Written by Kate DeAndre

During the reign of the shah in Iran, beginning in 1941, the shah imposed a strict and modest dress code for the citizens. Those who were the most affected by this change were the women of Iran. The women were forced to wear hijabs, or veils, over their heads because of a law that was created and enforced during the 1979 revolution.

When the revolution began, women were forced to wear the hijab in the presence of men as part of an Islamic dress code once they reached puberty. This modesty was supposed to keep women from sexually attracting men other than their husbands. Another garment women were required to wear a chador, Iranian cloak, to hide any shape or curves to their bodies. Article 139 of the Islamic Criminal Code stated, “Women who appear in the public thoroughfare without the Islamic covering will be subject to 10 days to two months imprisonment.” Being forced to cover their bodies stripped them of some of the freedom and independence of women, and if they did not abide by these laws, they would be punished with imprisonment.

At the beginning of the revolution, the country was divided into two sides: the revolutionaries and the shah supporters. Interestingly, many women didn’t view the hijab as a form of sexism; instead, they viewed wearing the veil as a way to defy the revolutionaries and show support to the shah. In contrast, the revolutionaries defined the hijab as a representation of the oppression of women’s rights.

Surprisingly, the revolutionary women chose to wear the chador and hijab during protests to show solidarity. Although the chadors and hijabs stripped women of freedom, women still managed to unify by wearing them. They found a way to put aside social class and any other issues they may have with one another, in order to come together as women to protest the shah’s actions. These articles of clothing made them feel equal among one another and helped them fight for their rights as a women being treated unjustly in Iran.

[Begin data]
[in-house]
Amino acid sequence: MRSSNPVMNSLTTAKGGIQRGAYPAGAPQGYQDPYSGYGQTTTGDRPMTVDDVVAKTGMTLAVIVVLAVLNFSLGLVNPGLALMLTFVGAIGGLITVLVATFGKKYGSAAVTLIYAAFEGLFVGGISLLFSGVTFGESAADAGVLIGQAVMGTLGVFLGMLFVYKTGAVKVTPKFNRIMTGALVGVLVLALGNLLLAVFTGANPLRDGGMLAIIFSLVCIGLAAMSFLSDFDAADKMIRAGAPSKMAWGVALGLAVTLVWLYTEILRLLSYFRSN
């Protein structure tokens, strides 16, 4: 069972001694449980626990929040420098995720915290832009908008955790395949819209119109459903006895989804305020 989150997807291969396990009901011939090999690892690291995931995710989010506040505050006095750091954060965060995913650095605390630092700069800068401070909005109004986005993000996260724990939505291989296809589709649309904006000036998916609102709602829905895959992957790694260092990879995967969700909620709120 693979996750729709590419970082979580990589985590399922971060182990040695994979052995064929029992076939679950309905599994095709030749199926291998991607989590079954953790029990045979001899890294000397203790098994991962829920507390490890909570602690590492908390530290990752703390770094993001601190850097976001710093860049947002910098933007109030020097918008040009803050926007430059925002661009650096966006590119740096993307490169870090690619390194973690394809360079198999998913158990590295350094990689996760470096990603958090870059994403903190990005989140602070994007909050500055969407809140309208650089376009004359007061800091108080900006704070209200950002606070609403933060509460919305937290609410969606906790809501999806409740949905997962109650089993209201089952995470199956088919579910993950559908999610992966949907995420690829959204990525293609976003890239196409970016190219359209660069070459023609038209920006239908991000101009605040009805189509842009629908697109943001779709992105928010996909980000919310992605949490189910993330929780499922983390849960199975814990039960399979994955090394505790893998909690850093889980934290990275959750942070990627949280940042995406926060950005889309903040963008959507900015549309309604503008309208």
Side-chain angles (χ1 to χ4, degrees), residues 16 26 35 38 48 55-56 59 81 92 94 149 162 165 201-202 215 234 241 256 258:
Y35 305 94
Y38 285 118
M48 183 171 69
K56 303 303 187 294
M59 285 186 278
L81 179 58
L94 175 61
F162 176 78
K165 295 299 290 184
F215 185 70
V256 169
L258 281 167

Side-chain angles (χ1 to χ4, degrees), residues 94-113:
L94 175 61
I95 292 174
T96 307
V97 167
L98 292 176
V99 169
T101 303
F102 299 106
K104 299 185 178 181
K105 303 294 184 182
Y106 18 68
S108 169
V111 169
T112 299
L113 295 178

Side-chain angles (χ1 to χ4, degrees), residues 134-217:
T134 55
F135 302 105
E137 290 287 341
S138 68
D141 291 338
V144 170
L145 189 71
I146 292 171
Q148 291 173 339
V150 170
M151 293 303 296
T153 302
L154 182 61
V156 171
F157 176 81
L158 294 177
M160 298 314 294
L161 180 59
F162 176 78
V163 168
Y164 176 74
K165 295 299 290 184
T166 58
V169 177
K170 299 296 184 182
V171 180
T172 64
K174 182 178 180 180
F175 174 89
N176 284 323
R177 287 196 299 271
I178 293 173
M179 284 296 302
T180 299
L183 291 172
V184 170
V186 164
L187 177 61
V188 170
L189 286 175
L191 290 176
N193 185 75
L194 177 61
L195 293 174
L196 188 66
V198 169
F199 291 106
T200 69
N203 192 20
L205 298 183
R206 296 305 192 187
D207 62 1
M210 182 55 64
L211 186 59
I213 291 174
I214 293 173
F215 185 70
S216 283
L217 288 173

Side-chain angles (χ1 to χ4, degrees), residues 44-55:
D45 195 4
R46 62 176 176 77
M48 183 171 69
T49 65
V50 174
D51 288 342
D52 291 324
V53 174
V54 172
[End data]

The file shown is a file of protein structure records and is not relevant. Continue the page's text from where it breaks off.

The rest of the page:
In the novel Persepolis, the protagonist Marjane Satrapi has a differing view of the interpretation and symbolism of the veil. Satrapi regards the veil as a factor dividing the community, not only into revolutionaries and shah supporters, but also between genders. The gender division is illustrated in the novel as the boys who were incorporated in Marjane’s class prior to the revolution are eventually separated from the girls in class. Stressing the significance of the hijab, Satrapi opens the novel with a chapter titled “The Veil.” In her opinion, many revolutionary women refused to wear the hijab to show they didn’t want to be victims of the sexism anymore. Coming from a family of revolutionaries, Marjane naturally takes after her family and decides that she is entitled to the same rights as a man.

In this chapter, Marjane also discovers that her purpose on Earth is to become the last prophet. In her imagination she tells the previous prophets of her ambition, yet they scoff and talk about how she is “only a girl.” Marjane refuses to let their opinion deter her and continues to tell others of her future as a prophet. Just as Marjane is suppressed by sexism and social limits, the women of the revolution were suppressed by a modest dress code, in particular the hijab. Suppressing women through dress was one way for the shah to attain total conformity from the people of Iran.

Works Cited Edit

"Covering Up With The Hijab May Aid Women's Body Image." NPR. NPR, n.d. Web. 17 Dec. 2014.

"Covering Up With The Hijab May Aid Women's Body Image." NPR. NPR, n.d. Web. 17 Dec. 2014.

"Iran 'Vigilante' Law to Test Rouhani on Women's Rights." VOA. N.p., n.d. Web. 18 Dec. 2014.

N.p., n.d. Web.